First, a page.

Whether given as a love/marriage token, or simply to hold alms for the poor, the square drawstring purse or pouch with tassels existed concurrent with other fashions for several centuries.
In the Spanish Book of Games of Alfonso X, dated 1251-1282, there are multiple images of drawstring pouches under the various chess problems. These examples from f40v and f52v clearly show the basic form – handle looped over the belt or a holder, separate from the drawstrings, with tassels on the bottom, and sometimes, indication of decoration.
The Manesse Codex, (f.64r) shown up top, at the start of the 14th C (1302-1340) shows a peddler, selling belts and multiple styles of pouches. Several show a drawstring separate from the hanging loop, and tassels along the bottom. The illumination is quite clear, and we see decoration in the form of lines and patterns, but not extensive pictorial embroidery.
The market stall illustrated (f.185v) in the mid-15th C German manuscript, Der Renner, includes a number of accessories – belts, combs, knives, and a wide variety of pouches. A few seem to be of the tasseled drawstring variety, although the illumination is not detailed enough to see more than each pouch has multiple colors. This manuscript is dated 1446-1450.
Jump to the 15th C, in The Book of Simple Medicines (BNF Fr. 12322, fol. 121v), c. 1520-1530, and we see the same style of pouch, this time worn under the top dress layer, where we wouldn’t normally see it.
Many of the extant examples are highly embroidered, but I suspect the style was executed for many different economic levels. The more commonplace ones simply weren’t collected and saved. The more utilitarian ones were more likely to be in poor repair, and even if in good condition, the early collectors tended to focus on the outstanding, not the average.
However, we can use those outstanding survivals to help us determine the usual size and construction methods.
This close-up of a reliquary purse, in the treasury of the Cathedral of St Paul, Liege, Belgium, dated to the 13th C, shows the lack of any type of eyelet for the fingerlooped drawstring. This bag is listed as 8.5cm high, and 7cm wide. Still includes a lining and tassels at the bottom.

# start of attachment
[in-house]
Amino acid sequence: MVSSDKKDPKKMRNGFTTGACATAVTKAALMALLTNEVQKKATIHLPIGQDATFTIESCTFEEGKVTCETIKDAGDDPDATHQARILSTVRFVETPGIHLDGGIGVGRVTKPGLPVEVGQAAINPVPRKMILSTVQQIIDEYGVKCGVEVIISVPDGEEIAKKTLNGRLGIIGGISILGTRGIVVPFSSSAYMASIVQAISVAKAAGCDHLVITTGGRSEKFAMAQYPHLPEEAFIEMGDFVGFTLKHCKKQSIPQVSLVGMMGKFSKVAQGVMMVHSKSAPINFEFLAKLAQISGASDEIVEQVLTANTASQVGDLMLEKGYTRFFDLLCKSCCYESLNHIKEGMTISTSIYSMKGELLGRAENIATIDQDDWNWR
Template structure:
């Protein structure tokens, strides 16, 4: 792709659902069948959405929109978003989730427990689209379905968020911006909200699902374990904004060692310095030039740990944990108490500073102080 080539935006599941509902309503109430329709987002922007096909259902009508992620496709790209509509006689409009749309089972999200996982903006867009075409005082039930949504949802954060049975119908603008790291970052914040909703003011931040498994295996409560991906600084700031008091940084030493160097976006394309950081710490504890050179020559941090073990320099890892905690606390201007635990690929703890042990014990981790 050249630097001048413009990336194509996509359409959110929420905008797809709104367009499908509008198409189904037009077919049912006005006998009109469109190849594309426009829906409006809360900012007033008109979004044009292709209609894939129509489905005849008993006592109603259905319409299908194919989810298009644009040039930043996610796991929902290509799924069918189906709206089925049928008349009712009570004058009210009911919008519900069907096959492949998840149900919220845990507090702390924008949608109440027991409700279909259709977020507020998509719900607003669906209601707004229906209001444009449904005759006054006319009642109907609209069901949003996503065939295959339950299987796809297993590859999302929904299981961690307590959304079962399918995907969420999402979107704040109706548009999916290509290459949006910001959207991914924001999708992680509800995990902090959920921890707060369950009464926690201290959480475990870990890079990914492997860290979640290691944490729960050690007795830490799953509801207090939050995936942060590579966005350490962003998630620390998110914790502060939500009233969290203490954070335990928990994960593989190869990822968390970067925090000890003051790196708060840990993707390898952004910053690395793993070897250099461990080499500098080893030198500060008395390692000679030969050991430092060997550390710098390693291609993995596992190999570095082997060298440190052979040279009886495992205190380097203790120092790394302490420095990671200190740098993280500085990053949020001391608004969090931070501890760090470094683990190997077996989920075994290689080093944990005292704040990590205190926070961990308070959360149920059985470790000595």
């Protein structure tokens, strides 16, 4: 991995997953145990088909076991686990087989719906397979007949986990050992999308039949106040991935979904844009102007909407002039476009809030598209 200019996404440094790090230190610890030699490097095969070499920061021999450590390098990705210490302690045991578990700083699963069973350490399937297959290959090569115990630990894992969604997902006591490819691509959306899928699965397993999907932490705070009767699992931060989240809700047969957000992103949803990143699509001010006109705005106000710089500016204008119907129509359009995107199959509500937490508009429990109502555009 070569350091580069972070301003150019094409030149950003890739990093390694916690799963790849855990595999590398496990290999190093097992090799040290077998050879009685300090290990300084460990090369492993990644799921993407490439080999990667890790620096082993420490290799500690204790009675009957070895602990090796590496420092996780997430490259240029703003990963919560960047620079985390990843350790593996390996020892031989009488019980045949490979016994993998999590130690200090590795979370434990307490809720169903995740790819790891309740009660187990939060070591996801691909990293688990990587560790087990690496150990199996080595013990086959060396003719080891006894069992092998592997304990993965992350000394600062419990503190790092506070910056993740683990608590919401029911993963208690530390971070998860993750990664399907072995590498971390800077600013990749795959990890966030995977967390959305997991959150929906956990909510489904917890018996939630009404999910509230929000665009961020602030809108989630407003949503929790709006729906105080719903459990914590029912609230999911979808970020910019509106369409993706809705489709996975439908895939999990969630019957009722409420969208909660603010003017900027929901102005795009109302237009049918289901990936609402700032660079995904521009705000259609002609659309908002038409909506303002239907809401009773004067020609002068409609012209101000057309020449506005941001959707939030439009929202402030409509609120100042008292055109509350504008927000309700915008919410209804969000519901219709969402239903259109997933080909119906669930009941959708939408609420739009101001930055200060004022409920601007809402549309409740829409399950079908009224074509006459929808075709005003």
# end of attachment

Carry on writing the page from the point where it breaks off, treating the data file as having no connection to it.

This late 14th C example from the Museum of London is 100mm high, with tassels, and 120mm wide (according to the website, although it looks mostly square.) It was made of a fine silk, and the side & top edges are bound with a tablet woven strip, that also helps form the tassels. The handle/drawstring is made of a fingerlooped braid.
An embroidered example at the Cloisters section of the Metropolitan Museum of Art in New York from 14th C France includes a fingerlooped drawstring that weaves back & forth through the fabric, but doesn’t appear to have any holes cut or stitched for that. The sides & top, as well as the handle, appear to be bound with a wide fingerlooped braid. (Although it could also be tablet woven onto the edge.) Size is 152mm x 143mm.
There are also many extant “sweet bags” from the late 16th/early 17th C, which are all embroidered, and have developed their own specific style. The bags still have the tassels and drawstrings of their pouch ancestors, but also have little loops of metal (or stiffened cord) that the tassels attach to. The number of tassels has gone down to just three on the bottom, with tassels on each upper corner as well. The size hasn’t changed much – ranging from 11 to 14cm, with many a bit wider than tall.
Having a separate handle from the drawstrings makes it possible for the pouch to remain attached while opening and closing. By not having any slits or eyelets for the drawstring cord to go through, there is increased friction between the pouch body and the cord, which would tend to keep the pouch as the wearer last left it. That increased friction is also an opportunity for increased wear, however. Most are lined, and made of a single piece of outer fabric. A tabletwoven edging onto the side and top seams is very hard-wearing and durable, and not that difficult a task. Economic status can be seen in the choice of fabric- nice woven, brocaded, or embroidered. Size is fairly stable, between 4-6 inches square.
For additional references on this style, visit my pinterest board, the Linkspages at Larsdatter.com or the excellent article by Tasha Kelly McGann. Some of the drawstring pouches identified as reliquary pouches are smaller, but many of the construction details are the same.
See my Tasseled Drawstring Pouch Tutorial for a pattern and step-by-step instructions. (Coming Soon, after the Secret Project is finished this weekend.)